We have no anecdotes about the Second World War - we never lived through it. When we at TV Cream are old, the most exciting stories we'll be able to tell our grandchildren will be about when there were different ITV regions. The single most traumatic experience our generation has shared is News At Ten being moved around the schedules. Similarly, much of what we know about the Battle Of Britain we've learned from the telly. We know that Kenneth More lost his legs by crashing a plane whilst trying to impress a girl. We know that Richard Todd blew up the Ruhr dam with bouncing bombs and once had a dog called Nigger (until his name was cut out of the film by PC censors). And we know that John Mills escaped from Colditz during a Hot Mum style amateur dramatics revue by climbing down a rope made of blankets. It's ironic therefore that, in an effort to recapture one of our own shared childhood experiences, this is the game we actually sourced and purchased (from eBay, natch) as part of our research for this Top 100. Thankfully, no familiarity with Nazi-distracting Ents Corp stage business is required but that's just as well as it's otherwise a hellishly complicated game. Essentially a move-counters-along-the-squares-and-collect-objects-and-cards board game (in the same vein as Ghost Castle, Monopoly and many others), the difference here is that one team must play the part of the baddies (Colditz guards) and can block off your escape routes, "discover" tunnels and, by landing on your counters, banish them to solitary confinement. As a goodie (in charge of a team of POWs), your sworn duty is to escape (and, if we recall correctly, cause as much bally trouble for the Bosch as you can in the process). There's no option to just keep your nose clean, do your bird and sit out the war in relative comfort. Seemingly the odds are in favour of the three teams of escapees but, although there are few guards, there are even fewer legitimate ways to evade them. Frankly, we think it was foolish of the Krauts to allow us free run of their so-called top security prison in the first place but we imagine, like so many German waiters, zey ver only taking orders.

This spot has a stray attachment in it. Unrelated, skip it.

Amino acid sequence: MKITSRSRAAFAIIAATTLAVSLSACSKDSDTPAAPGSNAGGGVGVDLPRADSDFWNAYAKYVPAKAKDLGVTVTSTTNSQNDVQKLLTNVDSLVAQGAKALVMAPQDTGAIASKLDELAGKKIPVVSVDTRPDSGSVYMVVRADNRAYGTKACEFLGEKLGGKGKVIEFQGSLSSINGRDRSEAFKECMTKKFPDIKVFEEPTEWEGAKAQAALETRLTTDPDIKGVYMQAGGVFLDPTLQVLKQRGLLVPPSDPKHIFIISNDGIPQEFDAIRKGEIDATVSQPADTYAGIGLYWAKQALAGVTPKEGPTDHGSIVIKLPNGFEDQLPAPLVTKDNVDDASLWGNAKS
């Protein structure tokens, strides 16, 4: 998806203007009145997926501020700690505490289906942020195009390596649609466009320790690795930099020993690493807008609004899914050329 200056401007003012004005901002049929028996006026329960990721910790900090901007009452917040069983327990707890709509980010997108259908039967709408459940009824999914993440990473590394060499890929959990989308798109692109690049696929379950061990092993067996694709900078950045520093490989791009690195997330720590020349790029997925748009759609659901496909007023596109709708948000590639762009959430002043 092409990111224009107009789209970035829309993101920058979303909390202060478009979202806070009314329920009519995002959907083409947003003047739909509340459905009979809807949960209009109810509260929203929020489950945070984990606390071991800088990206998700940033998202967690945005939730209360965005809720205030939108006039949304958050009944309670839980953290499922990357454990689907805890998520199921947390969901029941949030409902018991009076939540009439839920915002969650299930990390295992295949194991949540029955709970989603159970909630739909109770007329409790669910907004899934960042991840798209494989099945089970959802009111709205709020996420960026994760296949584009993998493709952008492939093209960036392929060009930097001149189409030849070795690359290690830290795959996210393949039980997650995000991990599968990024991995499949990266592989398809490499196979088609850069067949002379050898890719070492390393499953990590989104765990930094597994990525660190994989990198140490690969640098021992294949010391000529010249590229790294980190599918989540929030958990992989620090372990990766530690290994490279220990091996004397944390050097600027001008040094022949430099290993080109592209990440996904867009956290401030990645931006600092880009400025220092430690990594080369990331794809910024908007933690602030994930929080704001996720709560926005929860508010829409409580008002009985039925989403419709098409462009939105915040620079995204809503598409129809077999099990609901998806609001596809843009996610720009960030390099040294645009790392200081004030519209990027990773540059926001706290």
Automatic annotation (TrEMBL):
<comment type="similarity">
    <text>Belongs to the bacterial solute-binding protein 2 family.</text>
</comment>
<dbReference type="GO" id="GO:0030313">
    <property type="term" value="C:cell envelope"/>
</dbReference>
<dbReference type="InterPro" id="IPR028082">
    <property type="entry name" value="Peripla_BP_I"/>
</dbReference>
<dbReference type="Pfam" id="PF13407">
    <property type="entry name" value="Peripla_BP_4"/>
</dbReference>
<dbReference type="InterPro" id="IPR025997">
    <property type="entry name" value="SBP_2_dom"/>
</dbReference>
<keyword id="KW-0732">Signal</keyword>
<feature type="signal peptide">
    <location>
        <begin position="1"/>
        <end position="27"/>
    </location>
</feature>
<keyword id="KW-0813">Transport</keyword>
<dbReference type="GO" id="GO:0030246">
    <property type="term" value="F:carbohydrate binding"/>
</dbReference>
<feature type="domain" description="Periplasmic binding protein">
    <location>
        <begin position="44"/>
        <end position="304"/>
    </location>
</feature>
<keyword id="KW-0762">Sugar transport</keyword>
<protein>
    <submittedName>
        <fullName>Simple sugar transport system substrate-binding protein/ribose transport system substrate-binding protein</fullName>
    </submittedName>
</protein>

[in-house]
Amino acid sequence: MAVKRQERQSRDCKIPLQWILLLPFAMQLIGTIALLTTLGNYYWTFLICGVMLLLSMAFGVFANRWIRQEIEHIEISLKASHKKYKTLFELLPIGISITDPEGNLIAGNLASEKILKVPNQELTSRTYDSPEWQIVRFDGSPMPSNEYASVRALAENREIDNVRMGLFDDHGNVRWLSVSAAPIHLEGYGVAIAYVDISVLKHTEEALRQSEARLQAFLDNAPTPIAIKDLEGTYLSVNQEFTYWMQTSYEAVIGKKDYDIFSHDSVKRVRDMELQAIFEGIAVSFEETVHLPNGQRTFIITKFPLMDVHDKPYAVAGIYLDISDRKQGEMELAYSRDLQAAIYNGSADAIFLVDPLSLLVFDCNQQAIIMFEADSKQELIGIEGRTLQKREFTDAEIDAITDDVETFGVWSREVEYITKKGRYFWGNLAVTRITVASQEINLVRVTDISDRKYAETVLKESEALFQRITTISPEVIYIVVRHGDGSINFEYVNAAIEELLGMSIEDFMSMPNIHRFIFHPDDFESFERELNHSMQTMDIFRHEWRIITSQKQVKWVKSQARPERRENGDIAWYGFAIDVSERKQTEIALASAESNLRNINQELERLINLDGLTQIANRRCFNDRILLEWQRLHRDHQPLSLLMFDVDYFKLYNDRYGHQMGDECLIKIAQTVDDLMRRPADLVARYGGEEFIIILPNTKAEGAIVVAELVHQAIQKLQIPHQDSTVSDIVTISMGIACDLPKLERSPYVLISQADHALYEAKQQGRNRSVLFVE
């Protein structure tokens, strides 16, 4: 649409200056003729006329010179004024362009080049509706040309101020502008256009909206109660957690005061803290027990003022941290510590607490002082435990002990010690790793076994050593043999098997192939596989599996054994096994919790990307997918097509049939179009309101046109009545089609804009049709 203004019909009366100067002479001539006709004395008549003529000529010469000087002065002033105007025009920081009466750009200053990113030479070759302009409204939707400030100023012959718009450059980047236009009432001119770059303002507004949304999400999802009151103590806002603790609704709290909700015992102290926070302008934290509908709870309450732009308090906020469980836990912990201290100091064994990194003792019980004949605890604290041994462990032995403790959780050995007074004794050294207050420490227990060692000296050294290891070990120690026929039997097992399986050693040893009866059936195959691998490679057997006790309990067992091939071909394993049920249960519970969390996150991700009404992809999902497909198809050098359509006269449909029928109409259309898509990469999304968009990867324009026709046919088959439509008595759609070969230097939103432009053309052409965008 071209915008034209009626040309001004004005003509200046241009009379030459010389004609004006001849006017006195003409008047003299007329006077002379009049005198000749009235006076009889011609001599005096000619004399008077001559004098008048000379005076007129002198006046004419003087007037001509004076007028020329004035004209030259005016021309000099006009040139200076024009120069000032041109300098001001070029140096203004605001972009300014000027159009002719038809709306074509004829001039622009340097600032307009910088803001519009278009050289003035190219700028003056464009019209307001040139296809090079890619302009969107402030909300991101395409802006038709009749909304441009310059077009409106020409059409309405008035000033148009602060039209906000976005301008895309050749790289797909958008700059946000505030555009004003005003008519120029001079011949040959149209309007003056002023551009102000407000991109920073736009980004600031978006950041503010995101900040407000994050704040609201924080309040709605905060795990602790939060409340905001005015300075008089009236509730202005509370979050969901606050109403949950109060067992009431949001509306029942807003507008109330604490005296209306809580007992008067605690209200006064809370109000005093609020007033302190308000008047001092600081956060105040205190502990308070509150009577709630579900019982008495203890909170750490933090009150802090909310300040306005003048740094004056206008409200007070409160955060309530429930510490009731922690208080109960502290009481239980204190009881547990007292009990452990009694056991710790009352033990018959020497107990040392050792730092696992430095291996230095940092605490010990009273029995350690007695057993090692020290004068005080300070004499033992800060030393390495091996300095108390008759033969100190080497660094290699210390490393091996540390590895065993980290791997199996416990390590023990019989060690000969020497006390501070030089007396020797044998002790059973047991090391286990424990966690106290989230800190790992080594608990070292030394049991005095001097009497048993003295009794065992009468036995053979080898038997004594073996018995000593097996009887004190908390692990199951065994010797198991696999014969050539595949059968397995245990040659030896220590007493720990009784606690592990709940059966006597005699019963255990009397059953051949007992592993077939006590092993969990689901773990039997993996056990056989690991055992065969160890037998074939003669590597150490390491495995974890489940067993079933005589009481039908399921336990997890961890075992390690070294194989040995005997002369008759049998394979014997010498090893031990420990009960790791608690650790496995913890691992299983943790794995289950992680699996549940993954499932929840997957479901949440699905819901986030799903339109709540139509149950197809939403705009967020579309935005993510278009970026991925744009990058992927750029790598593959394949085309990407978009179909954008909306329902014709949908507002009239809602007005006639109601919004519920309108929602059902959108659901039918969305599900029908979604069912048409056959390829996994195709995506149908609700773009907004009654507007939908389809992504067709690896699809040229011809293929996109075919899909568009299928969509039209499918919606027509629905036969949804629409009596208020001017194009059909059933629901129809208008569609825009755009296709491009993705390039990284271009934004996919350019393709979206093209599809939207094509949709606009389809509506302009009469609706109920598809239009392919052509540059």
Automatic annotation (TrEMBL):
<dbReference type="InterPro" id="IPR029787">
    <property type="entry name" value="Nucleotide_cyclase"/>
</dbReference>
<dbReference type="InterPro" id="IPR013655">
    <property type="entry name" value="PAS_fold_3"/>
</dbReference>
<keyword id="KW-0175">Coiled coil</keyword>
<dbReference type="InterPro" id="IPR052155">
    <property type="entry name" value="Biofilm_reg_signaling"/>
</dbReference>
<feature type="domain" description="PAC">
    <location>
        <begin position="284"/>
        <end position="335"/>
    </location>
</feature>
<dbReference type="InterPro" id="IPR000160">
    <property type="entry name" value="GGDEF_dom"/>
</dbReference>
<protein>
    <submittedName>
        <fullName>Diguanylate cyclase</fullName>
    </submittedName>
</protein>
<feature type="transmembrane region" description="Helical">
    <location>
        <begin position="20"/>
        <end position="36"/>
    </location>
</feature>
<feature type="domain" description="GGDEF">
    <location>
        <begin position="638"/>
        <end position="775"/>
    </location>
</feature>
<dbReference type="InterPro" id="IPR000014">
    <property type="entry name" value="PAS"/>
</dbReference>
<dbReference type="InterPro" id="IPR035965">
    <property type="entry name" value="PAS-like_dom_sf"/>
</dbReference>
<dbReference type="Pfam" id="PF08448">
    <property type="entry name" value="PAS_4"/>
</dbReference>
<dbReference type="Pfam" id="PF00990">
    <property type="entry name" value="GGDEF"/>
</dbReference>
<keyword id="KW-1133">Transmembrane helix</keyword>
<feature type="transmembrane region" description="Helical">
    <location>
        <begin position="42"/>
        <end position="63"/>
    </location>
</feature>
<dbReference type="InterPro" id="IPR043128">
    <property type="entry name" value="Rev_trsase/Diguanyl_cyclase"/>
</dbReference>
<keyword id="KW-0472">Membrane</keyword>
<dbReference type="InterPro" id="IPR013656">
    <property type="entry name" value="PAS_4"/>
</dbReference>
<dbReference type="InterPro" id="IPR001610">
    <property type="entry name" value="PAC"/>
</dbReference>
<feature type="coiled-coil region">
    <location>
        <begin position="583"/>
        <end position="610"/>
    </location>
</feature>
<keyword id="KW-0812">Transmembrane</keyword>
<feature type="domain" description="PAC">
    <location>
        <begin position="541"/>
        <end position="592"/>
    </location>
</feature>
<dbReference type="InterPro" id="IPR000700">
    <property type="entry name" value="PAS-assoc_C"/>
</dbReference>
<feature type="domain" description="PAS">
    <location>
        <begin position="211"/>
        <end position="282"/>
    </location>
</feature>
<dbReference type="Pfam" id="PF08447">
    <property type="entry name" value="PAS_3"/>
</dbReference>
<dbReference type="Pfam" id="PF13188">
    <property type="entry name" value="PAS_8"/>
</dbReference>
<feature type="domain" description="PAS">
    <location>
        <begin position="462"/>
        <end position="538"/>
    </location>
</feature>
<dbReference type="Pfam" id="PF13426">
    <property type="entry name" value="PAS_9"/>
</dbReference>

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Авторские мастер-классыАвторские мастер-классы
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И смех, и грехИ смех, и грех
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От теории к практикеОт теории к практике
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Фам. Автор Анастасия Резникова